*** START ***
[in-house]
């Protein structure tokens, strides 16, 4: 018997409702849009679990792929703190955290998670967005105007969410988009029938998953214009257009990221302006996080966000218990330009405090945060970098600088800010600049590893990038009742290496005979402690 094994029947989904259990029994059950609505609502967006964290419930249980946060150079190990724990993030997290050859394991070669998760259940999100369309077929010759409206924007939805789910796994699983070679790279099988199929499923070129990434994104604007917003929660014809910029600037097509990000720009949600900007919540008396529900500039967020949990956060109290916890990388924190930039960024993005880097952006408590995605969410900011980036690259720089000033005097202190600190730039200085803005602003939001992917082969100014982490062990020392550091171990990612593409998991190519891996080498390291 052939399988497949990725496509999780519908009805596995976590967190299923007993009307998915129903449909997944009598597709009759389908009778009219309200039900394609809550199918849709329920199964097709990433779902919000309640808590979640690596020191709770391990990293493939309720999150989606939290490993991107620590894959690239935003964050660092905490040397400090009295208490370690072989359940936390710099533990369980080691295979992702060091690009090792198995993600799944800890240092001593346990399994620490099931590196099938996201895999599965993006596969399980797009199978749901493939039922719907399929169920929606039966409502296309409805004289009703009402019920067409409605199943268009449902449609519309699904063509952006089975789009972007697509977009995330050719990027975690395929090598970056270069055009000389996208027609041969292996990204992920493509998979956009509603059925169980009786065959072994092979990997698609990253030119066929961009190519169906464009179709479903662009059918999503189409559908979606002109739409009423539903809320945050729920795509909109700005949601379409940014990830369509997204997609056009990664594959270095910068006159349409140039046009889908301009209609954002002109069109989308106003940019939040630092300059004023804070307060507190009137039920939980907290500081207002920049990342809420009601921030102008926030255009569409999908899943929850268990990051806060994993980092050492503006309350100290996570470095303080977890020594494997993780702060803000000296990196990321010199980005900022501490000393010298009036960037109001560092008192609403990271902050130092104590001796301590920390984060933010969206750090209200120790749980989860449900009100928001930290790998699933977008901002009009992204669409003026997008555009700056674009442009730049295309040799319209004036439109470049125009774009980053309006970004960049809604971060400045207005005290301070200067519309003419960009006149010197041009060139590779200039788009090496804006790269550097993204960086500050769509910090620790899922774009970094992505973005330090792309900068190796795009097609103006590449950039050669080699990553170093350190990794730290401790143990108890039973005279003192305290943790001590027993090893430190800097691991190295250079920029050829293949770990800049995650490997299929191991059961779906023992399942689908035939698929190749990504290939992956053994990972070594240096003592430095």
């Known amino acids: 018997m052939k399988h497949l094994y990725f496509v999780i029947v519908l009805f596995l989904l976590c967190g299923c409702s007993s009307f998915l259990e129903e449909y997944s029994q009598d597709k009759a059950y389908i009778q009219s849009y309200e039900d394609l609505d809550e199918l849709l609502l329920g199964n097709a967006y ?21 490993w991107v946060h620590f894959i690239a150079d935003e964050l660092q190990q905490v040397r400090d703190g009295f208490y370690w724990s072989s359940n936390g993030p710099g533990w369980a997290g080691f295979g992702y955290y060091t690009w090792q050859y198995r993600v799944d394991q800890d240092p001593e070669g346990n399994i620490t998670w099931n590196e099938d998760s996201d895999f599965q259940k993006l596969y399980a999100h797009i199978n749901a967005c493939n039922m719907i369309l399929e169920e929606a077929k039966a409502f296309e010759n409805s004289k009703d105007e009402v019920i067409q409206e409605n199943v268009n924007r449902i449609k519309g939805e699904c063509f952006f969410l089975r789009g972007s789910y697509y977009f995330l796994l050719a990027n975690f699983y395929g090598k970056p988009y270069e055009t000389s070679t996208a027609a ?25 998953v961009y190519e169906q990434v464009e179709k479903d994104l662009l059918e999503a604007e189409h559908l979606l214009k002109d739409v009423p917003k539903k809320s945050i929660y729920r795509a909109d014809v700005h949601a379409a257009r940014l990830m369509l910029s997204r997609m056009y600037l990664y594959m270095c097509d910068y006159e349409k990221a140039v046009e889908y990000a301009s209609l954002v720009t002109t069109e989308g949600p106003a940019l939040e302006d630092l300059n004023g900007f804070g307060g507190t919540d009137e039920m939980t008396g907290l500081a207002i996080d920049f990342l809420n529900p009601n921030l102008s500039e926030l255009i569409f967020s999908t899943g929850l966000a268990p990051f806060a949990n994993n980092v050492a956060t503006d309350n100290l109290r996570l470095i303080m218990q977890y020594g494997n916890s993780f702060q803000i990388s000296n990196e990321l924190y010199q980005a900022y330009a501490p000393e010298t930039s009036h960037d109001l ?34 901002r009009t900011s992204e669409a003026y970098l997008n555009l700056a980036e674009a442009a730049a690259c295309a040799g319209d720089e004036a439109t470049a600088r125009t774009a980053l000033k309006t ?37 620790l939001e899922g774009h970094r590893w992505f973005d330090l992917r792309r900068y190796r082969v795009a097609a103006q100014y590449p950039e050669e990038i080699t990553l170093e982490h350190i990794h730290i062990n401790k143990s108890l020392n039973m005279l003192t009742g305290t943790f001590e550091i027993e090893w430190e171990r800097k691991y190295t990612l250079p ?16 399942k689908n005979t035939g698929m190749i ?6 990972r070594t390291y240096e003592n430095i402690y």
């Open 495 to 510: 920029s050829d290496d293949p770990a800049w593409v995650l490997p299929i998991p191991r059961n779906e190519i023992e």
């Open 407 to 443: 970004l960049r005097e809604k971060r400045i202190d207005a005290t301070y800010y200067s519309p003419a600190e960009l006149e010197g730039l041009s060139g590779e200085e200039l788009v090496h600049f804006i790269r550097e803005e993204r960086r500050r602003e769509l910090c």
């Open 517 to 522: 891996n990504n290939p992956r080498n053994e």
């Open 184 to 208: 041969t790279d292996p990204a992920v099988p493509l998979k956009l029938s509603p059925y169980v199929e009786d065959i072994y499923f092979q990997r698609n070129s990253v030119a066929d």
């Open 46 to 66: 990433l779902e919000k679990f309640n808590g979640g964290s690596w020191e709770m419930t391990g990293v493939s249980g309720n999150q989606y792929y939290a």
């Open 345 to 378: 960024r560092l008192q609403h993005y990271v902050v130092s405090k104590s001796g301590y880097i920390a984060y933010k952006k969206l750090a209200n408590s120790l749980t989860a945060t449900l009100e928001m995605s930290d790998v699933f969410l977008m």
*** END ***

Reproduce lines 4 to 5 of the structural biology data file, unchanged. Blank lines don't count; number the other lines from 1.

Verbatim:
């Open 495 to 510: 920029s050829d290496d293949p770990a800049w593409v995650l490997p299929i998991p191991r059961n779906e190519i023992e």
């Open 407 to 443: 970004l960049r005097e809604k971060r400045i202190d207005a005290t301070y800010y200067s519309p003419a600190e960009l006149e010197g730039l041009s060139g590779e200085e200039l788009v090496h600049f804006i790269r550097e803005e993204r960086r500050r602003e769509l910090c």